The Old Settlers - Part One


September 28, 1893

 

THE OLD SETTLERS.

 

The Names of Those Who Broke the Primeral [Primeval] Forest of Crittenden.

When They Come [Came], Where They Settled.

EDITOR PRESS:--I have read with much interest the sketches you have published from time to time touching the early history of the county.

I have gone to some trouble in preparing a list of the early settlers of this county--the men who broke away from the colonies of the east, and carved for themselves homes in this county, while the forest was yet still unbroken.  Most of this race of hardy pioneers have left their names here, and indeed, these names are perhaps more familiar to the people of to-day than were they when first the names were known here.  I can only give you a partial list this week, and will endeavor to complete same next week.

Samuel Loften came from South Carolina, between 1800 and 1806, and settled the place where Berry Deboe now lives.  He was a Presbyterian.

Gen. Ramsey, who fought valliantly in the revolutionary war, came from South Carolina in 1800, and opened a farm in the southern portion of the county.

Joseph Tyner, also came from the Palmetto State, and in 1803, and began to make himself a home out of the forest.  The result of his labor is a portion of the farm upon which Wm. Lamb now lives.

Wm Young came from South Carolina in 1795, and settled the place where Henry Walker lived.

Isaac Shelby came from the same state in 1803 or 4.  He was a general in the revolutionary war.

Jas Miller from North Carolina came in 1798.

Isaac Chism settled the old John Hogard place in 1804.

In 1796 Stephen Cruce came from South Carolina and settled the place, where Henry Swansey now lives.  He brought slaves with him.

Richard Cruce settled near Crayneville in 1805.

Jacob Gabrel from South Carolina, in 1800, settled on Piney Creek.

Andy[,] Thomas and Aaron Shelby came from South Carolina in 1803, the latter two settled the place where Wm Kemp lives, and Andy Settled on the Flynn Ferry road.

In 1800 John Lamb came from South Carolina and opened up the place where Quincy Wilson lives.

Jas Lamb from South Carolina in 1804.

Ruben Bellow from South Carolina 1800, and settled where Sugar Grove church now stands.

In 1800 John Sellers from South Carolina, settled the Jas Thurman place[.]

Wm Dulaney from South Carolina in 1804, settled near the Alexander Spring.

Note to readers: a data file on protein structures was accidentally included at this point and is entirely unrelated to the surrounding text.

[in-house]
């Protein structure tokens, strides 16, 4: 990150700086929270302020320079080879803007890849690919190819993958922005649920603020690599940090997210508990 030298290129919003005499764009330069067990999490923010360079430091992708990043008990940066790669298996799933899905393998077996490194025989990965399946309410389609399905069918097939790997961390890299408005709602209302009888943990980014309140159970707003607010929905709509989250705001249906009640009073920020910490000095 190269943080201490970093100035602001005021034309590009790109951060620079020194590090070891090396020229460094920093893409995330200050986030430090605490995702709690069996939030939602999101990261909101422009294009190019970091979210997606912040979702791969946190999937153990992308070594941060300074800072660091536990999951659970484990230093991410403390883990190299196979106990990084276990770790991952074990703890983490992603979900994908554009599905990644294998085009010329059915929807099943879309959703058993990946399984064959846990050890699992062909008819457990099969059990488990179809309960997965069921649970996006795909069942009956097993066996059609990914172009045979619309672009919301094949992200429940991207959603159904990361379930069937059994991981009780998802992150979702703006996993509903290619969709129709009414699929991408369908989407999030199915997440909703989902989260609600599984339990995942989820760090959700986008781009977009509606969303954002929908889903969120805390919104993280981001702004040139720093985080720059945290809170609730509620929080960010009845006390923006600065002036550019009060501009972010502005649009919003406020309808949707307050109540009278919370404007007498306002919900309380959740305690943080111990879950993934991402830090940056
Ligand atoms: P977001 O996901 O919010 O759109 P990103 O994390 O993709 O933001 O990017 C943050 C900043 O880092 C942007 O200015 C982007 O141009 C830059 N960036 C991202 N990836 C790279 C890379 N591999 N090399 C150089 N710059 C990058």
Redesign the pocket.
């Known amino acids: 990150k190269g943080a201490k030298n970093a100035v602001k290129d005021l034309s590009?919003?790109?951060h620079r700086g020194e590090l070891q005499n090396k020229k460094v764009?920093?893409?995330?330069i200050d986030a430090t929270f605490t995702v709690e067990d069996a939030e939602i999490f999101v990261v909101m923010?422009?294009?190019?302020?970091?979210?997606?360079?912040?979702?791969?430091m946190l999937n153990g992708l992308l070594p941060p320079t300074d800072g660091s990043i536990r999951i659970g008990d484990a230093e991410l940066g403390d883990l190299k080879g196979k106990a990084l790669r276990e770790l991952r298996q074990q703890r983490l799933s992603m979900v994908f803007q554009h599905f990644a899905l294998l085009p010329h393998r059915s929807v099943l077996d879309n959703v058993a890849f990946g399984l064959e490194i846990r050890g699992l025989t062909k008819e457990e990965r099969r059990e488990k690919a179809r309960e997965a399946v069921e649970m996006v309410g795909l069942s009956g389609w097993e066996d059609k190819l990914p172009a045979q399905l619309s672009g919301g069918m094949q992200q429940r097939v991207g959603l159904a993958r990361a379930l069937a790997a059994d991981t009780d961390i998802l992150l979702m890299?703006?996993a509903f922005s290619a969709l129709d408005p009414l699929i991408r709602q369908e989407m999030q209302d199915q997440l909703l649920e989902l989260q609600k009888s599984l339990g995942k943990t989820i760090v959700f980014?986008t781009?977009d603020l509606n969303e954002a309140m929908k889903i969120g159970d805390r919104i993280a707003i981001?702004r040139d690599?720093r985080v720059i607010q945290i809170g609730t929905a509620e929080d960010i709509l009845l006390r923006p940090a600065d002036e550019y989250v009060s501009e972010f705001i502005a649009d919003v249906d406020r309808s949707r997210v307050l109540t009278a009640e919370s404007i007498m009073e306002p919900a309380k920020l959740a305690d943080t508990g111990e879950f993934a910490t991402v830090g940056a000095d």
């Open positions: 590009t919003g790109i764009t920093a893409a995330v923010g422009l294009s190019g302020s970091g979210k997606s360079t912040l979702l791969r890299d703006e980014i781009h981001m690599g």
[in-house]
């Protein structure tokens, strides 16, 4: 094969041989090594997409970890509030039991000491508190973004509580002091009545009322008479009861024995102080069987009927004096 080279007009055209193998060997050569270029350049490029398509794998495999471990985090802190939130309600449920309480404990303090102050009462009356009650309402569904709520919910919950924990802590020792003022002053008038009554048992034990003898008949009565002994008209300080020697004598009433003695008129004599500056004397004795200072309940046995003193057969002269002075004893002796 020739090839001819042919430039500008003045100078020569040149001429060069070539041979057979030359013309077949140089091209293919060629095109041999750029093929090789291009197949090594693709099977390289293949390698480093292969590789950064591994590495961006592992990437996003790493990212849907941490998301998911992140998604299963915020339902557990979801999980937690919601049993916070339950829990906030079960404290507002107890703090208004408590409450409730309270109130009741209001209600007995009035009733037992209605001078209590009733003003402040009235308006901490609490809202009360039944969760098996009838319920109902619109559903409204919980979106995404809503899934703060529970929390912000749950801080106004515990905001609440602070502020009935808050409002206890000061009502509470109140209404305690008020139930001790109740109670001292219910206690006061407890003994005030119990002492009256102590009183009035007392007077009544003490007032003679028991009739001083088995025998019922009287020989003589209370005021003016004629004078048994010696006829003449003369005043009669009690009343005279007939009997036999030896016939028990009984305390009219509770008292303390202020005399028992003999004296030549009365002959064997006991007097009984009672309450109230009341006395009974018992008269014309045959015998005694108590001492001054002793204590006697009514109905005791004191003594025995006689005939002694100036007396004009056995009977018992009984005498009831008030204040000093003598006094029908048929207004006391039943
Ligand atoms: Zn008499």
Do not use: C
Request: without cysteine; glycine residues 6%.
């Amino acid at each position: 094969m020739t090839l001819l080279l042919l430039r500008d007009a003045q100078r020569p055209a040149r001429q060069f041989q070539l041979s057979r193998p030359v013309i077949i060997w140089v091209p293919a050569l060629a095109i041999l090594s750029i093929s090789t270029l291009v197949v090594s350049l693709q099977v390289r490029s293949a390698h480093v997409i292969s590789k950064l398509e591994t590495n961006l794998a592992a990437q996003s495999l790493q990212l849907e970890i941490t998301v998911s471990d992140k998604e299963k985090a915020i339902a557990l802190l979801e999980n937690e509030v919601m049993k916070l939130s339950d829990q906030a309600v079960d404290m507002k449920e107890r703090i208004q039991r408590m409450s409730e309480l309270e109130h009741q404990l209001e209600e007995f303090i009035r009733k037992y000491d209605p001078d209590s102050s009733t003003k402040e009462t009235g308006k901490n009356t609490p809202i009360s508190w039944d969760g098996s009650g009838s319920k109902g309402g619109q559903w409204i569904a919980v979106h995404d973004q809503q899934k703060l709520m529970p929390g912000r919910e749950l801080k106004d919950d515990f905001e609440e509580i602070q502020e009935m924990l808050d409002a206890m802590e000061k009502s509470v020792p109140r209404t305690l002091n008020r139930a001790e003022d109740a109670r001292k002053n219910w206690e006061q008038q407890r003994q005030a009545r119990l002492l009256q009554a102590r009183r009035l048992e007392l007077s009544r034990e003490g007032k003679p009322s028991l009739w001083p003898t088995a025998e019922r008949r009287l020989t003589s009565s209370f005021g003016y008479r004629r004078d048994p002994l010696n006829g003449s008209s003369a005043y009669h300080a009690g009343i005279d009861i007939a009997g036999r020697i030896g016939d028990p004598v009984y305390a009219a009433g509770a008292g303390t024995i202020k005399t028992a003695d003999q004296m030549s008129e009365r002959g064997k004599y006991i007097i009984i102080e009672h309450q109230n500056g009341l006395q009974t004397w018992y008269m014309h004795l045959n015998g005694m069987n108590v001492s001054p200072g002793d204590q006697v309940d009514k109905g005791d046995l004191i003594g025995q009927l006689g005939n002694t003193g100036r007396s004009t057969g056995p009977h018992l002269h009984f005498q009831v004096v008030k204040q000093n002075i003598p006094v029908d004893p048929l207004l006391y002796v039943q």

Jacob, Daniel and Samuel Crider came from Virginia in 1796, Jacob settled the place where Calvin Burris lives; Daniel settled near Piney Fork church; Samuel settled land now owned by W. B. Crider and E H Porter.  The Crider's were the first people to grow tobacco in the county.

John Going came from South Carolina in 1803 or 4 and settled the place where the school house that bears his name now stand.  He owned slaves, and it was said had slave blood in his veins.

Frederick Groves came from Virginia in 1803, and settled on Piney not for [sic] from Boyd's mill.

Samuel Woodsides from South Carolina settled on the Pilot Knob in 1795.

John Woodsides from South Carolina, settled on Pilot Knob in 1810.

Samuel P Hamilton came from South Carolina 1795 and settled on Pilot Knob.

Thos[,] William and Joseph Hughes came from South Carolina in 1803.  Thos settled on Crooked Creek, near where the bridge now is; William settled where Mt Zion church now stands; Joseph settled on the Flynn's Ferry road in 1809.  All brought slaves to this country with them.

In 1805 Moses Walker, from North Carolina settled on Meadow Creek on the farm now owned by Wm Lamb.

---- Frazier opened the ferry at Ford's Ferry in 1807.

Col. Andy Love, from South Carolina, between 1800 and 1804, settled on Deer Creek, and built a horse mill.  Col. Love fought in the old war.  He commanded the battle at Hanging Rock.

Gen Lacy came from South Carolina between 1800 and 1804; he brought slaves and settled on Deer Creek.  He too was a revolutionary soldier.

Peter Sullenger came from Pennsylvania between 1800 and 1804 and settled on Deer Creek.

Amos Watson from Virginia in 1803 made his home on Deer Creek.

Cornelius McGoflin, a Baptist preacher, from Virginia, settled on Deer Creek in between 1801 and 18905.

Wesley and John Harris came from South Carolina in 1805 and settled on Deer Creek.  They brought slaves.

More anon.

An Old Man.

 

Source:  Crittenden Press. (Marion, Ky.) 1879-1907, September 28, 1893, Image 5 - Chronicling America - The Library of Congress.

 

[My comments are in brackets.]